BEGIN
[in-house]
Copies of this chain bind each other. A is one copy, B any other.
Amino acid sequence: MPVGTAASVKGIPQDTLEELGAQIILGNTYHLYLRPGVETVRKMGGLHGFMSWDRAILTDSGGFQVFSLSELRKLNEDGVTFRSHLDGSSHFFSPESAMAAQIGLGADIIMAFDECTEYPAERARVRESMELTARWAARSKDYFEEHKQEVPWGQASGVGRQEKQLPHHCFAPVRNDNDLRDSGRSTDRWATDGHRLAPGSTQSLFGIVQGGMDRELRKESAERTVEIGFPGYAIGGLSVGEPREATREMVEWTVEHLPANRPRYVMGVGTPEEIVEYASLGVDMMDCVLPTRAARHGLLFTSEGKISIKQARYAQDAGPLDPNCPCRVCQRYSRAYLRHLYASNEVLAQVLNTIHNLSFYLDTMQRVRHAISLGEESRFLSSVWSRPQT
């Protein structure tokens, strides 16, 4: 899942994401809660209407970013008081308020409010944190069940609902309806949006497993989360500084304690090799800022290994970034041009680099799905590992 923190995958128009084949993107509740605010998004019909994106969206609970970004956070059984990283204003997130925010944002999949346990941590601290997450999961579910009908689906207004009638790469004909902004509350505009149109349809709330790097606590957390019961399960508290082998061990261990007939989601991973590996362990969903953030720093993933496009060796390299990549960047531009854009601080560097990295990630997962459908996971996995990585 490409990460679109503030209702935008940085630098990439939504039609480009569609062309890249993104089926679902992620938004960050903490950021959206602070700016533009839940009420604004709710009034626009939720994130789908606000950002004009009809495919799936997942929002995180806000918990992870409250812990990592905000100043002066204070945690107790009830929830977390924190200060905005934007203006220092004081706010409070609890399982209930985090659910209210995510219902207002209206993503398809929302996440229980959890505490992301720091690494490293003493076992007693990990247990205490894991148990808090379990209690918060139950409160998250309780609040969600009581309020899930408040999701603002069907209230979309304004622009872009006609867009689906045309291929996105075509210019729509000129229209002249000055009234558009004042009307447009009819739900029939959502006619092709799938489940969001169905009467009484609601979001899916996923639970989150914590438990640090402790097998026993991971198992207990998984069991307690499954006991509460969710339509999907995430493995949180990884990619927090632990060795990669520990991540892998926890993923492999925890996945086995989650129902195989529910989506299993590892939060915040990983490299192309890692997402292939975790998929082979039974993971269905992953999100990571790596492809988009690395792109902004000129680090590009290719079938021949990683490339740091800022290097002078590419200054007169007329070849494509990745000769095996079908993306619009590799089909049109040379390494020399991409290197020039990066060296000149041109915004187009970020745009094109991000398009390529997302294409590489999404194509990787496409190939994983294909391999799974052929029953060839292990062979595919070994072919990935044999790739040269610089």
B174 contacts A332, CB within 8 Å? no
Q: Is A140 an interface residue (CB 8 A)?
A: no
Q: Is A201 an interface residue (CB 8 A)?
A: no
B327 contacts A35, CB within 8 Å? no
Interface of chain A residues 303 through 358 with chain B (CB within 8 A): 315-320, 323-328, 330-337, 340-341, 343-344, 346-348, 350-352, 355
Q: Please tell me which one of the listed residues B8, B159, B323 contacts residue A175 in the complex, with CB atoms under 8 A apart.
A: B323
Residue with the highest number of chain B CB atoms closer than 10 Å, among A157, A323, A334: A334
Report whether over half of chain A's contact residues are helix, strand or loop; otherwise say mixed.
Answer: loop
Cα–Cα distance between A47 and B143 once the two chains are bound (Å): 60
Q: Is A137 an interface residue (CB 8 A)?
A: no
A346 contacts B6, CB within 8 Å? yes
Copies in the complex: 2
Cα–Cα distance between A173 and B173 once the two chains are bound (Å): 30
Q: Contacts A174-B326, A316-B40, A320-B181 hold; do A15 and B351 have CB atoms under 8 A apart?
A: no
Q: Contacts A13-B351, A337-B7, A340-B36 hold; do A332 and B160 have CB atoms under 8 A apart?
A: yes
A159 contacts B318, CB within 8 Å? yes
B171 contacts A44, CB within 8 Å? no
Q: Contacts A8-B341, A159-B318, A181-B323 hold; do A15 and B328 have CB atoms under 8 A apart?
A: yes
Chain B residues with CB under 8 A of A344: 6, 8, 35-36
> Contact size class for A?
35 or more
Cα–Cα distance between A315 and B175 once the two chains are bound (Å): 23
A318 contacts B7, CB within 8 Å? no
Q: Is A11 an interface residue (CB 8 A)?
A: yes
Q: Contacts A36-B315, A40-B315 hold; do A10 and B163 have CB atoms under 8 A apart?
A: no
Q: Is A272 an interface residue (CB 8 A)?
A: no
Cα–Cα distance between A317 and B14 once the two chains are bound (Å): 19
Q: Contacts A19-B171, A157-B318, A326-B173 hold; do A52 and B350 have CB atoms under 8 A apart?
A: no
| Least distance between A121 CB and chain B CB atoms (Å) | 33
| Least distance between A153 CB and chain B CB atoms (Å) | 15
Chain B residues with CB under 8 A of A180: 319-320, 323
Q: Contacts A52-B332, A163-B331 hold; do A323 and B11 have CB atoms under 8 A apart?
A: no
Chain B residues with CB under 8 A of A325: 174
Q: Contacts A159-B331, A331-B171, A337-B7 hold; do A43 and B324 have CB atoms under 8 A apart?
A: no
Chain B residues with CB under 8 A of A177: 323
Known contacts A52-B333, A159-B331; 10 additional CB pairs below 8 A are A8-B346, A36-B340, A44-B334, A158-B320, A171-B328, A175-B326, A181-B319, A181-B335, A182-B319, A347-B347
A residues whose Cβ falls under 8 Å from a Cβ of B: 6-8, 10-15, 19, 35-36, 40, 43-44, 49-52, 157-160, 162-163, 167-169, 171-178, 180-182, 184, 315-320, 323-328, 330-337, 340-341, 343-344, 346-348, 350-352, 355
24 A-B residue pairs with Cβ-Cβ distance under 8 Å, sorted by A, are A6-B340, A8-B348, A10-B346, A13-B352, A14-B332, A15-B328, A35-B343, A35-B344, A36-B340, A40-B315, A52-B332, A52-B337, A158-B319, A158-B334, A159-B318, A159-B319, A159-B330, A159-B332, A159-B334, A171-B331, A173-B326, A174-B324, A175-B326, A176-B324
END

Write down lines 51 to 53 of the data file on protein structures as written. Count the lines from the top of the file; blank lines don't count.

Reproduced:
Q: Contacts A159-B331, A331-B171, A337-B7 hold; do A43 and B324 have CB atoms under 8 A apart?
A: no
Chain B residues with CB under 8 A of A177: 323